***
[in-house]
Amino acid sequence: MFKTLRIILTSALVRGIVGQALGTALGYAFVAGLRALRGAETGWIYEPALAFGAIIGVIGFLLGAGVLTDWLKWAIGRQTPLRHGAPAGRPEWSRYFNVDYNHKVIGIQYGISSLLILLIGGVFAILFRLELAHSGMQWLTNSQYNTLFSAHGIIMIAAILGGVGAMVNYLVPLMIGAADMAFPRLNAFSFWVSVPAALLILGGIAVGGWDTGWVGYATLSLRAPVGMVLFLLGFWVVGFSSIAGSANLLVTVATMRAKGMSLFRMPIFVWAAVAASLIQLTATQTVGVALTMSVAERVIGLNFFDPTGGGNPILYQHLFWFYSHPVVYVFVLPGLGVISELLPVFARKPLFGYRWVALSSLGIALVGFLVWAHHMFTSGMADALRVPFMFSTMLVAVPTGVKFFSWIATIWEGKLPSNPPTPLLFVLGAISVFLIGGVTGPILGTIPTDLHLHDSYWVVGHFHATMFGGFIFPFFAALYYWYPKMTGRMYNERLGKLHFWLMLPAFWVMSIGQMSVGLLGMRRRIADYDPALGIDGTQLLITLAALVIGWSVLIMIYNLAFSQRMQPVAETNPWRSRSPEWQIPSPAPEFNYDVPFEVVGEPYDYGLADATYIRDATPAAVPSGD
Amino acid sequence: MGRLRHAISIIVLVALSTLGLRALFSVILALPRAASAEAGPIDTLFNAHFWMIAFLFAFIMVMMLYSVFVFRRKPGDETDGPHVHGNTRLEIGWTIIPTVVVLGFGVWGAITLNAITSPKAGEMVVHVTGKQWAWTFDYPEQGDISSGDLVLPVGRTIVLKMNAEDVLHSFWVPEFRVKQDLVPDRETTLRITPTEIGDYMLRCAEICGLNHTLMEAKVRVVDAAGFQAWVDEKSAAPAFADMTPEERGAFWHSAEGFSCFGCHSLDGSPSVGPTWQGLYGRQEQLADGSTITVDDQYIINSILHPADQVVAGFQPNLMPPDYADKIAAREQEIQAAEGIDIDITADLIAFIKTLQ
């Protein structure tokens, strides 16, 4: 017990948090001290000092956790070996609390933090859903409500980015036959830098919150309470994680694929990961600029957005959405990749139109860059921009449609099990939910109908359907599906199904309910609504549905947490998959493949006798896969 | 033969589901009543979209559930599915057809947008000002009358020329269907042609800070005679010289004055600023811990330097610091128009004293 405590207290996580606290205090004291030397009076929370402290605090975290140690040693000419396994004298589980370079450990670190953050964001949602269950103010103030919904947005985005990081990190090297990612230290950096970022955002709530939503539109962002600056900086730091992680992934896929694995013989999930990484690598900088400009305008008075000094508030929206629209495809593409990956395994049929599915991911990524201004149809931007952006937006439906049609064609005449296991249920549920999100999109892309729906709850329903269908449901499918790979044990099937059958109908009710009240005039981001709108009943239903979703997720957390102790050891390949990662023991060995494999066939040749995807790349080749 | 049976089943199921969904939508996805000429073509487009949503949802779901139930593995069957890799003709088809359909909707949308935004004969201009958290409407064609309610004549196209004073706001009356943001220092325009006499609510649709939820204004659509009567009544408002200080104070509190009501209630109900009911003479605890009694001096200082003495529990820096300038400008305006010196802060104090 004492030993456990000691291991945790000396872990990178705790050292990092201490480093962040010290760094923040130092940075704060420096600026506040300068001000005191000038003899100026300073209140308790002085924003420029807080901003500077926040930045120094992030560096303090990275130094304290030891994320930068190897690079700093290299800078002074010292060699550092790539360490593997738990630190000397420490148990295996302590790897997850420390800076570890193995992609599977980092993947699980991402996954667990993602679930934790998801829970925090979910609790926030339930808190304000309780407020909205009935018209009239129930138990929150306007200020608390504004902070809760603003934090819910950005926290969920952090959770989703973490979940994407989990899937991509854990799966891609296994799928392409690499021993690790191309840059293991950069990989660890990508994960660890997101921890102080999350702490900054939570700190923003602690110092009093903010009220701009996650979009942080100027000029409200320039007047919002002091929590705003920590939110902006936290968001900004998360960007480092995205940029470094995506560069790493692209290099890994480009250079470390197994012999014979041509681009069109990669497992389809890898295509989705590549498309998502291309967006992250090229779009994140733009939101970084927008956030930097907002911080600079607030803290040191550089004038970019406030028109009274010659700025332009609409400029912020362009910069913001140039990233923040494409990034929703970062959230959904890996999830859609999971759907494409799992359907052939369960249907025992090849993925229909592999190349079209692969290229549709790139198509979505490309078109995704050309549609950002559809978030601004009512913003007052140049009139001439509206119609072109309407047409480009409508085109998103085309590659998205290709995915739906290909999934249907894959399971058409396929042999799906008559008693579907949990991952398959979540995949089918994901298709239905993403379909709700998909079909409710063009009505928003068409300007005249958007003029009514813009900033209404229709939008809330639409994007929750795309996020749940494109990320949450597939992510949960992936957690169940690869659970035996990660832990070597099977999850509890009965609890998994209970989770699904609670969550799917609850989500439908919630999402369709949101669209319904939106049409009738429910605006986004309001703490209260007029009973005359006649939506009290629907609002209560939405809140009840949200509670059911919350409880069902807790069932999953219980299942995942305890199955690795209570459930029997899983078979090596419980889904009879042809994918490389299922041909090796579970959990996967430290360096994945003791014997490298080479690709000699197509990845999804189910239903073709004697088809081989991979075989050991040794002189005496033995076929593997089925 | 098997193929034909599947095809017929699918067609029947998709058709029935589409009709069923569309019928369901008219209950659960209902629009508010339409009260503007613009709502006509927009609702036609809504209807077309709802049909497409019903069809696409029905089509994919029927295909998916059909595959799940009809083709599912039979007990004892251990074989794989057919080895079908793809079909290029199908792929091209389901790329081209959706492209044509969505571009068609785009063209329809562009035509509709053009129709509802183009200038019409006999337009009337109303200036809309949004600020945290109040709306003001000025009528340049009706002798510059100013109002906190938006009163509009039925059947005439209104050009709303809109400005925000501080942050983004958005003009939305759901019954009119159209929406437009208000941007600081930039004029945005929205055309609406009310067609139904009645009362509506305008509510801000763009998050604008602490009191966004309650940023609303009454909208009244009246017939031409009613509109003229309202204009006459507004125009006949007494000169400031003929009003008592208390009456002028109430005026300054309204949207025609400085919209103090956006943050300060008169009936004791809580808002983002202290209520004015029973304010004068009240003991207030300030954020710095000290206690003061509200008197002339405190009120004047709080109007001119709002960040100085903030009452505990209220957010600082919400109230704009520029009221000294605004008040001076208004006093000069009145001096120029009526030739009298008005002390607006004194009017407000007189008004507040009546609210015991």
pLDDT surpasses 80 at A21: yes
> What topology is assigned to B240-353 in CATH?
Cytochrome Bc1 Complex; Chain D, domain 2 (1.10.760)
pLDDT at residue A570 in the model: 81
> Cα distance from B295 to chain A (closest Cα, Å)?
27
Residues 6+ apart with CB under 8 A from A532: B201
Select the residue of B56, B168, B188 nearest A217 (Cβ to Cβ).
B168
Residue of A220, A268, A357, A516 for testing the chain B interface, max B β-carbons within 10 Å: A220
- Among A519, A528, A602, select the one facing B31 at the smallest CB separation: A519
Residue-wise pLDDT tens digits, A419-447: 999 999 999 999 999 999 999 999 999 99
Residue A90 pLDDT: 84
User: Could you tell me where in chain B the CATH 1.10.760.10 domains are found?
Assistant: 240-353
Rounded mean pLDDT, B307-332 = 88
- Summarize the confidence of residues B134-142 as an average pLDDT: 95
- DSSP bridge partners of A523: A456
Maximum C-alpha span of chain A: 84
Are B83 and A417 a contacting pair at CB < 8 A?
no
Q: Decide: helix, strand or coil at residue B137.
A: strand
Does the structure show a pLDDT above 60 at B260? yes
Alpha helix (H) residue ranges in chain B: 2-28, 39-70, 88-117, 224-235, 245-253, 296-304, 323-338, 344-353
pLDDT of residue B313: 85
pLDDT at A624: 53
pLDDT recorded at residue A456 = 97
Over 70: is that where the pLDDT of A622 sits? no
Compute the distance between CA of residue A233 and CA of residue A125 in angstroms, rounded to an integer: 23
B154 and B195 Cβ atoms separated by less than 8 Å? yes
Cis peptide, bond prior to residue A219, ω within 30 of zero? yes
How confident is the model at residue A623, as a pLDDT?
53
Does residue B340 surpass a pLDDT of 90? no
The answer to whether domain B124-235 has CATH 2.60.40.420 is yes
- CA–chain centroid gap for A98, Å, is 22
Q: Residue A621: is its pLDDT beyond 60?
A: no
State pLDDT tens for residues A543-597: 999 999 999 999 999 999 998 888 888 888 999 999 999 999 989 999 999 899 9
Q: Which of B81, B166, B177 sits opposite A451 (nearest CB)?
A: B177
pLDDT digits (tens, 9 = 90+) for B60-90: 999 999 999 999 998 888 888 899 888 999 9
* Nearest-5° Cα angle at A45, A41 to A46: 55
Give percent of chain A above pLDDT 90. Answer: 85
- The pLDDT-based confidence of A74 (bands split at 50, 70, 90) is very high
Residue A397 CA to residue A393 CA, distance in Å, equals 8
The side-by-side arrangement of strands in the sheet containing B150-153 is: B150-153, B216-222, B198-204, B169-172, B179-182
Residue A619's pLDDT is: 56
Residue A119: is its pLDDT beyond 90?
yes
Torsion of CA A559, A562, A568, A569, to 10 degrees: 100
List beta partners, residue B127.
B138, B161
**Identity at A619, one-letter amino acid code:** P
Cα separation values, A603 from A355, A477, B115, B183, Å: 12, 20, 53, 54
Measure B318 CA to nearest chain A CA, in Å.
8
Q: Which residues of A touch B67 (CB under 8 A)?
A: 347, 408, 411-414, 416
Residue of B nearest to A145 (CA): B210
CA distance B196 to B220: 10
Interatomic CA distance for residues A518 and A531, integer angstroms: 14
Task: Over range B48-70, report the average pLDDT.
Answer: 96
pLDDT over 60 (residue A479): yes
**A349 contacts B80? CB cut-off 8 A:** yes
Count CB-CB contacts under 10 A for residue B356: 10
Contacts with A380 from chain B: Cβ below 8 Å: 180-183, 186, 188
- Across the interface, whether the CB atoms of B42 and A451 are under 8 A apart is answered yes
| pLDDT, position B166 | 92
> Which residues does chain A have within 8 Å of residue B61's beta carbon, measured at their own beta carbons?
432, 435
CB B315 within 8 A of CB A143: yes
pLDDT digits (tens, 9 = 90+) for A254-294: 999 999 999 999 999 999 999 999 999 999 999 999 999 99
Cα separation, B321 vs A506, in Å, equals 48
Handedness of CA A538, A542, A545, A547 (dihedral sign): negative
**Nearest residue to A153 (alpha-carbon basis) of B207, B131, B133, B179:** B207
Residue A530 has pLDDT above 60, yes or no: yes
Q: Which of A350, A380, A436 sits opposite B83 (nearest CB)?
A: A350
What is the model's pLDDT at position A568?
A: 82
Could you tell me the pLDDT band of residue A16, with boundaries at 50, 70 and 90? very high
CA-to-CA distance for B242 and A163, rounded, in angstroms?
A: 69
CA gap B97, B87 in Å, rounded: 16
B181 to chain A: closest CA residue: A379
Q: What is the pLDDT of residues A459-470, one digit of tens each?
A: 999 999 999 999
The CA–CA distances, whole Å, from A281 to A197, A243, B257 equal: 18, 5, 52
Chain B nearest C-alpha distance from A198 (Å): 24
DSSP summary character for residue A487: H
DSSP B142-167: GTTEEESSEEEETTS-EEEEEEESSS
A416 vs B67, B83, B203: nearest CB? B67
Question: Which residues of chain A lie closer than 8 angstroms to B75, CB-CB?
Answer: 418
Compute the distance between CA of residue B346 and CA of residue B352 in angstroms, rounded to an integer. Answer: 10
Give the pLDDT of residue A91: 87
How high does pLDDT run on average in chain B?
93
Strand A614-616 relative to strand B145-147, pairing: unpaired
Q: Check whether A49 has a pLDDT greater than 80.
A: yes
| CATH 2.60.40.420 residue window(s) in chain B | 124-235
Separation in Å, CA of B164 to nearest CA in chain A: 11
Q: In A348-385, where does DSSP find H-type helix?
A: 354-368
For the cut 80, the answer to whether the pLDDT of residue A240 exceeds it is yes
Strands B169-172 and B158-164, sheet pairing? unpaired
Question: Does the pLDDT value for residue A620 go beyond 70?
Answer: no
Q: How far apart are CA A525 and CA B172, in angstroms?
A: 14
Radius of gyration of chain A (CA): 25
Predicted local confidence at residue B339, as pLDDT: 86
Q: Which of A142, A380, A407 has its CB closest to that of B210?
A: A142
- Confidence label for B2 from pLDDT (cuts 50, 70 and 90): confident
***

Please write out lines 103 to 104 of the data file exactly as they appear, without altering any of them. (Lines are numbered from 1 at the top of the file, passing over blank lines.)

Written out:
Give the pLDDT of residue A91: 87
How high does pLDDT run on average in chain B?